One of the initial searches I did on my first visit to the World Wide Web, all those years ago, was to key in the name ‘Robin Hood,’ to see what came up. The top site that appeared on my screen was Allen Wright’s ‘Robin Hood Bold Outlaw of Barnsdale and Sherwood.’ Since that first visit I have lost count of how many times I have read his various features and interviews or entered the forum to discuss various aspects of the legend on his web site. Today Allen’s multi award winning web site remains the number one place to visit for students and everyone else interested in finding out about the world’s most popular outlaw. It is THE Robin Hood web site.
As someone still fascinated by the history behind the legend and now with a blog of my own, I have often thought about contacting Allen. So it was quite a surprise to find myself inadvertently talking to him via Word Press a few weeks ago. I was also taken aback when he said that he thought my blog was ‘fantastic’ and would link it to his site!
So grasping the opportunity I asked Allen when he first began his website and he very kindly sent me this detailed history of its origins:
"The official beginning of my site was in Feb. 1997 back on Geocities. I created it back in the day when personal sites were the equivalent of Facebook pages - just a "hey, look at me" page and it was supposed to have only a couple links to Robin Hood. But I think Ben Turner's site (which I had visited before) was down at the time, and I don't know if Rochester's site was online yet. It certainly seemed to me at the time that there were no sites covering the Robin Hood legend as a whole. Most of the ones were dedicated to Robin of Sherwood or even the Rochester site primarily focused on the ballads. It felt wrong to me, because there were dozens of detailed sites covering the whole scope of the Arthurian legend and I felt Robin Hood deserved the same.
If Ben's site hadn't crashed in early 1997, I might never have felt the need to create mine.
It was called "Robin Hood - Famed Outlaw of Barnsdale and Sherwood" for about six months and for a while was one page with a few half-finished articles and some links.
There was a time when I thought I'd put the whole site - the growth of the legend, the real Robin Hoods, the links (which were what the site was back in the beginning) all on one page. I must have been insane. By late 1997, it was closer to what it eventually became and I had renamed it to "Bold Outlaw".
The earliest Internet Archive I can find at the moment is from Jan. 1999: http://web.archive.org/web/19990117024612/http://www.geocities.com/Athens/Acropolis/4198/rhood.html
It reveals the past in all its garish glory. Yellow on green leaves - what was I thinking? Thankfully, my friend Alison Carter redesigned the look for me in early 2000.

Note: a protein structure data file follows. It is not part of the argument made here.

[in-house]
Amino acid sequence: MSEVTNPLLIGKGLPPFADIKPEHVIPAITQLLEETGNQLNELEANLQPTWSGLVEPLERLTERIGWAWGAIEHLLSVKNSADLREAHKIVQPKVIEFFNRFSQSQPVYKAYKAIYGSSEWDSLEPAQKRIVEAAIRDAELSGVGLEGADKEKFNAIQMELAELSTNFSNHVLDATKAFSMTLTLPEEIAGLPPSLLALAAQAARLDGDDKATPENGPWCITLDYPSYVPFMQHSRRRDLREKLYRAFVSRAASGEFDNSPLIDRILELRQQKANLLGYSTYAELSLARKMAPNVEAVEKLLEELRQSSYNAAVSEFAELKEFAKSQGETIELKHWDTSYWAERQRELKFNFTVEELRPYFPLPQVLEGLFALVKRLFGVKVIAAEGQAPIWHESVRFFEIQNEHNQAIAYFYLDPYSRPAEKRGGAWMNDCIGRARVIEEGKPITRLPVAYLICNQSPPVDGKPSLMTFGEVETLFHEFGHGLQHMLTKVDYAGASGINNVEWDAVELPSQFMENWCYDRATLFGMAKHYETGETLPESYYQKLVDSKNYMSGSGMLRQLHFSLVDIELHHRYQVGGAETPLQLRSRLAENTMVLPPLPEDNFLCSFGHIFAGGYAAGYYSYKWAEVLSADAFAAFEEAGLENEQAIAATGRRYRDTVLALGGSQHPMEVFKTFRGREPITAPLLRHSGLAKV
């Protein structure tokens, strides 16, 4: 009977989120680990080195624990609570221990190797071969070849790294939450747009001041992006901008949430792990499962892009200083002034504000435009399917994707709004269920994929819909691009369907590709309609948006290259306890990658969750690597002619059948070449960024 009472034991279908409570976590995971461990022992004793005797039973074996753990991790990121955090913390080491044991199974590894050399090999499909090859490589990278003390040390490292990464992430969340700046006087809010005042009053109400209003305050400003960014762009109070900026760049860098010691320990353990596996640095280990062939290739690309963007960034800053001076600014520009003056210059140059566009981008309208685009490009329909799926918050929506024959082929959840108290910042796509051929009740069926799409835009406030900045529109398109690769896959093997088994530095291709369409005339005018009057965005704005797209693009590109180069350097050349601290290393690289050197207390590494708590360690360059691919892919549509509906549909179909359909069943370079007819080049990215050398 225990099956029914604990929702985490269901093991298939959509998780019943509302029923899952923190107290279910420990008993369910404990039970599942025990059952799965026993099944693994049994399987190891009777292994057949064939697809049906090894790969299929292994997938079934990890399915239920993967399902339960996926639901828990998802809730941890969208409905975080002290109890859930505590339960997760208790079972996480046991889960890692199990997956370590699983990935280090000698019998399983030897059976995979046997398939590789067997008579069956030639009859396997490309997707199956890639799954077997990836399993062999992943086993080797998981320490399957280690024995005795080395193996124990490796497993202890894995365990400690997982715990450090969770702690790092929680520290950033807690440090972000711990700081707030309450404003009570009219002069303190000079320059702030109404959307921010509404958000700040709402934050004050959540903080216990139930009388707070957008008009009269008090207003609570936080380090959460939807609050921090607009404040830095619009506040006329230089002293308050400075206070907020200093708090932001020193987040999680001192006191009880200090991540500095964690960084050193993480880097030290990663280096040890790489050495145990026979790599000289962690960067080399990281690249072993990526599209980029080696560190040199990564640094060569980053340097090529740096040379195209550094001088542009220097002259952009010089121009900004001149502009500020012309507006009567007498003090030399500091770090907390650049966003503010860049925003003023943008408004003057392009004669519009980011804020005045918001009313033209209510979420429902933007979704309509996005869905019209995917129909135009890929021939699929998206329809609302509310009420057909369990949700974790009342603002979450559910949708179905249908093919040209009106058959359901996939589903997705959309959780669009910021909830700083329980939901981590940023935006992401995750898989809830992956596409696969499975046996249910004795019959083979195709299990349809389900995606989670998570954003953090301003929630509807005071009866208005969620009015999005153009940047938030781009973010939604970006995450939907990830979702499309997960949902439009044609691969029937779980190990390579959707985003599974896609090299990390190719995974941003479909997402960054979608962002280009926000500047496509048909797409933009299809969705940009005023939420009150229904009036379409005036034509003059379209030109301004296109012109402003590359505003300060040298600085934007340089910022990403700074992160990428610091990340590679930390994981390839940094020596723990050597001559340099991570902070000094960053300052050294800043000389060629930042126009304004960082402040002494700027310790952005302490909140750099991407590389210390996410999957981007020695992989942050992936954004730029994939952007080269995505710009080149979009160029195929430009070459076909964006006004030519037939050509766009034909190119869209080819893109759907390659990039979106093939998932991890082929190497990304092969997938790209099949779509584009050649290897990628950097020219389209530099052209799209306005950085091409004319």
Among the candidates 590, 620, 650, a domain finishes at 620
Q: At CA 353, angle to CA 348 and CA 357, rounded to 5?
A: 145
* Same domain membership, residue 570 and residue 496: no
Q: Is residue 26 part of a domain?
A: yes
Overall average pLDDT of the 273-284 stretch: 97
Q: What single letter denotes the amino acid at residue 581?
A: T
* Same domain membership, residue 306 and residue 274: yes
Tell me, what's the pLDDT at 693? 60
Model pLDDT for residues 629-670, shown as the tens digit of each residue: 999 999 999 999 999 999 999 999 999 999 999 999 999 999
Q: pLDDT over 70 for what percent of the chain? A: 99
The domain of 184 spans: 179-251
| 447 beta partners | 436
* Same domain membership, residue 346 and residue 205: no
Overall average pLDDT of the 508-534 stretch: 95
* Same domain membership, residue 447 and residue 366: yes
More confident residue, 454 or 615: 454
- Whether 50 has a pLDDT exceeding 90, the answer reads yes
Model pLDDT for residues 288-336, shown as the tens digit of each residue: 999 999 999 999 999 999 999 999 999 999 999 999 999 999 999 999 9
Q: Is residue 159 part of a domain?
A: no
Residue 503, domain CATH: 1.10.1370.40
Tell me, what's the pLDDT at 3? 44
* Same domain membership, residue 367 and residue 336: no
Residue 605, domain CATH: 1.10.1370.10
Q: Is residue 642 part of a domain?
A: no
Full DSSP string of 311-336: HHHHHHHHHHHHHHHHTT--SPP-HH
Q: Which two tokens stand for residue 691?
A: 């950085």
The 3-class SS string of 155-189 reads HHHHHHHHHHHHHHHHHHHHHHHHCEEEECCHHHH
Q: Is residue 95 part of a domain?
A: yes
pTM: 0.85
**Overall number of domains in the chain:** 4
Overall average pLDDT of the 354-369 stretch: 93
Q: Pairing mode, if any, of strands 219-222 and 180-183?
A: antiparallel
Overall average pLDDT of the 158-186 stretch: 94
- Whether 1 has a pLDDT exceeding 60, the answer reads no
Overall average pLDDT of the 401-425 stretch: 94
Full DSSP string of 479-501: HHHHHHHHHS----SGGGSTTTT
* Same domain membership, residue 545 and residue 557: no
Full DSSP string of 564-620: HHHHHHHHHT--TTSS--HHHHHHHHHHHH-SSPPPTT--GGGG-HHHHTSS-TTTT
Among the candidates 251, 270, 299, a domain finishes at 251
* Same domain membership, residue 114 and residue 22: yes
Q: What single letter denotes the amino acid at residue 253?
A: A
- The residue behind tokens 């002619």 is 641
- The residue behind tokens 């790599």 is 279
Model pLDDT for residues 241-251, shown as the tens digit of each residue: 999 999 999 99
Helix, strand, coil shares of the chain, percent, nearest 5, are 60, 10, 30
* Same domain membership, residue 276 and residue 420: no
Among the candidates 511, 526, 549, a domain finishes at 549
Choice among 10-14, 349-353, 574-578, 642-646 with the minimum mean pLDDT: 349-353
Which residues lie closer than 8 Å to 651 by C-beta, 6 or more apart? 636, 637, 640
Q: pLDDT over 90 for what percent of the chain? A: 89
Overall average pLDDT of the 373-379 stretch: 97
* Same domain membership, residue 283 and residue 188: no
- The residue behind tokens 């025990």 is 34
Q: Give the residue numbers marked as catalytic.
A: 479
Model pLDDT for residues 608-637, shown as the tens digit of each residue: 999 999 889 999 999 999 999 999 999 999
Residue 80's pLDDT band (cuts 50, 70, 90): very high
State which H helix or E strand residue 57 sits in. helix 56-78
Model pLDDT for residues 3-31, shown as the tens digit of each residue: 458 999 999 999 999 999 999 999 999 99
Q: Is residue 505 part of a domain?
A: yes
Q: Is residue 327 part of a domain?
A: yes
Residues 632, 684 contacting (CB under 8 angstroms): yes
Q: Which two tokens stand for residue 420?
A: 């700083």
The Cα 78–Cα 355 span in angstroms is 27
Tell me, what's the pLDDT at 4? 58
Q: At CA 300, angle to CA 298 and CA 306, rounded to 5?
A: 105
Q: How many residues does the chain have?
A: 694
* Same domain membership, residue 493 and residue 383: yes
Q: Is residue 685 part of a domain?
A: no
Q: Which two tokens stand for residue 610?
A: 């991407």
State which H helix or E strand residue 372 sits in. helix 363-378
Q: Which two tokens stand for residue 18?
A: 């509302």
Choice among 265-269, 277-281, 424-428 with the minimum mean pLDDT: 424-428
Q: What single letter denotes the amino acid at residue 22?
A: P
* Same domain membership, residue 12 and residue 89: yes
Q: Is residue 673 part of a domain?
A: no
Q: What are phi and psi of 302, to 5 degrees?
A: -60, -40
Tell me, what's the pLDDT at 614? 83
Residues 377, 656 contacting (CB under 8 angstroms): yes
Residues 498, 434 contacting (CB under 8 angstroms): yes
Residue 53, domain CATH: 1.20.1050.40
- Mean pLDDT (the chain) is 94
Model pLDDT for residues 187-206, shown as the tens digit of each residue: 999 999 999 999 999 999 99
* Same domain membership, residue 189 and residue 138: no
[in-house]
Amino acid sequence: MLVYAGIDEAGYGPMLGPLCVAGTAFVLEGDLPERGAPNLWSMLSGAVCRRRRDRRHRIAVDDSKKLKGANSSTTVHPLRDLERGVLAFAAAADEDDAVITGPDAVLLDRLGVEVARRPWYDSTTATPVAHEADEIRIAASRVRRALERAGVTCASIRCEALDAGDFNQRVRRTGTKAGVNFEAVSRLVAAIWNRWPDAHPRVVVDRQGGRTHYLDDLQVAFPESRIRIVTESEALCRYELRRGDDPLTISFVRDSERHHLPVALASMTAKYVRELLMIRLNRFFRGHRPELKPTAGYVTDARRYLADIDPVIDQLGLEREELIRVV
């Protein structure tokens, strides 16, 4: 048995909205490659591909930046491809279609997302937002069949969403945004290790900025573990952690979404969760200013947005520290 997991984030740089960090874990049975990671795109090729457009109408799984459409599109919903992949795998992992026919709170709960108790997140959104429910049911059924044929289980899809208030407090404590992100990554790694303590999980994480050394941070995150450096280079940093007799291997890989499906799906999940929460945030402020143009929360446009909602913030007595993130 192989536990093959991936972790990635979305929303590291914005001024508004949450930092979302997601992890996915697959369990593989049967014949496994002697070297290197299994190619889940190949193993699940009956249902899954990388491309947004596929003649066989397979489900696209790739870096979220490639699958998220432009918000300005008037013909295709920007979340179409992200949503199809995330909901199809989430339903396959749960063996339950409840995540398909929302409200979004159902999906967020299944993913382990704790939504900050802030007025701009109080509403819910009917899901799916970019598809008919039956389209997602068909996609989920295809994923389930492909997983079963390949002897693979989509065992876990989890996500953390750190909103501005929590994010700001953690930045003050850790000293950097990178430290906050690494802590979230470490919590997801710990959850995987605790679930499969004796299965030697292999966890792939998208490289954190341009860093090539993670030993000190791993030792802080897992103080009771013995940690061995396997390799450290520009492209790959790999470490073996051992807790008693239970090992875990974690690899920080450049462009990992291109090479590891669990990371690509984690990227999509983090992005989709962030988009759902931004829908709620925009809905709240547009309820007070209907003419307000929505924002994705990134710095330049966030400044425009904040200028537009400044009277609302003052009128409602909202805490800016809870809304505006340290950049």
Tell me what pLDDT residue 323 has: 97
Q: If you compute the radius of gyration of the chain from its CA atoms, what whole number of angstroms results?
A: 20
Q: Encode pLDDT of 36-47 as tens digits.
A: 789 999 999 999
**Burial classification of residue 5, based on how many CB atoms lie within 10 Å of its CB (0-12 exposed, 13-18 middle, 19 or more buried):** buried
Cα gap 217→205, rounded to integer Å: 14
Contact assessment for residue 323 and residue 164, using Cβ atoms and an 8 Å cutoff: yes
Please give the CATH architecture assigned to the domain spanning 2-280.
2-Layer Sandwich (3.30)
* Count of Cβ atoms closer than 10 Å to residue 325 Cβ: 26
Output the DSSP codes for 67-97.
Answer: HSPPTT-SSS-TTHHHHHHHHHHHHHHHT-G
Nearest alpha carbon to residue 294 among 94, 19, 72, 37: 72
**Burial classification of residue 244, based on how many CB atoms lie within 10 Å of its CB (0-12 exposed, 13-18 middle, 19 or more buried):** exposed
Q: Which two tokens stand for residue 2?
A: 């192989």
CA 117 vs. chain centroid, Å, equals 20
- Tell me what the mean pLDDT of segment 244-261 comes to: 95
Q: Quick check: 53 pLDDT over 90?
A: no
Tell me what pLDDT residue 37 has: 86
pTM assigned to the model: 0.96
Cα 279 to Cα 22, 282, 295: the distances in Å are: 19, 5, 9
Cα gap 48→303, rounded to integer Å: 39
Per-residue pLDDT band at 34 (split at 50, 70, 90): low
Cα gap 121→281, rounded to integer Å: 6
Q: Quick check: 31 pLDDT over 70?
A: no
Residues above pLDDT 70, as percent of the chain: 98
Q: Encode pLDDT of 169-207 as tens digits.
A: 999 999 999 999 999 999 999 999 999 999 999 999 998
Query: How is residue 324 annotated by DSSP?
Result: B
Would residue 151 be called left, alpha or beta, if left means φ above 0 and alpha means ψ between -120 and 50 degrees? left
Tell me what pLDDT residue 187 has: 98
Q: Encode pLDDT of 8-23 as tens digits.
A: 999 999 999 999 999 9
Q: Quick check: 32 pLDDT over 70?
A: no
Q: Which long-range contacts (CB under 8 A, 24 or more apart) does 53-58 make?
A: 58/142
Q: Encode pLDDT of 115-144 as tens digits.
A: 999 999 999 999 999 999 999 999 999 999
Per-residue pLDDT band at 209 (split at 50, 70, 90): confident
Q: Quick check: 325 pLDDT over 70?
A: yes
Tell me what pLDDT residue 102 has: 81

And then I moved it to the http://www.boldoutlaw.com/ URL in 2004, and I tweaked it a bit to have its present look.
I honestly can't remember a time when I didn't know about Robin Hood. Certainly as a child, there were some versions I absolutely loved. I must have been about six or seven when I saw a Robin Hood panto. Pantos aren't quite as common in Canada as the UK, but from what little I can remember, I think it conformed to the standard panto. Dames, audience participation ("Duck!" "What, no I told you it's Tuck! Friar Tuck!" "Duck!") and the like. Also, there were two children's books, the Rocket Robin Hood cartoon and a movie which was likely the Errol Flynn film (although the Flynn movie doesn't quite match my jumbled memories). What's not to love about Robin? He's a witty, dynamic trickster hero with a strong streak of social justice.
In high school, I thought about how the legend had always appealed to me and did my big "independent study" on it. That's when I first read J.C. Holt, Dobson & Taylor, etc. and really got a sense of how legends grew and changed over time. I don't think Robin Hood's unique in its development over time. But usually we aren't taught about development. We're taught myths and legends (for example, the Greek myths) as if the version on hand is the only one. And it was a real eye-opener to realize that things weren't that simple. At the same time, I started watching my first episodes of Robin of Sherwood. They featured elements like the Earl of Huntingdon and Adam Bell which I had just researched for that school project. It was really that combination of research and finding Robin of Sherwood just at the right moment that turned a fondly-remembered childhood favourite into the lifelong interest it is now.”
(Allen W Wright)
I would like to say a big thank you to Allen for placing a link on his web site to my blog. It really is a thrill and a great honour. His excellent website can be found at http://www.boldoutlaw.com/ Also, a very special thank you goes out to my regular contributors, who help make my blog what it is.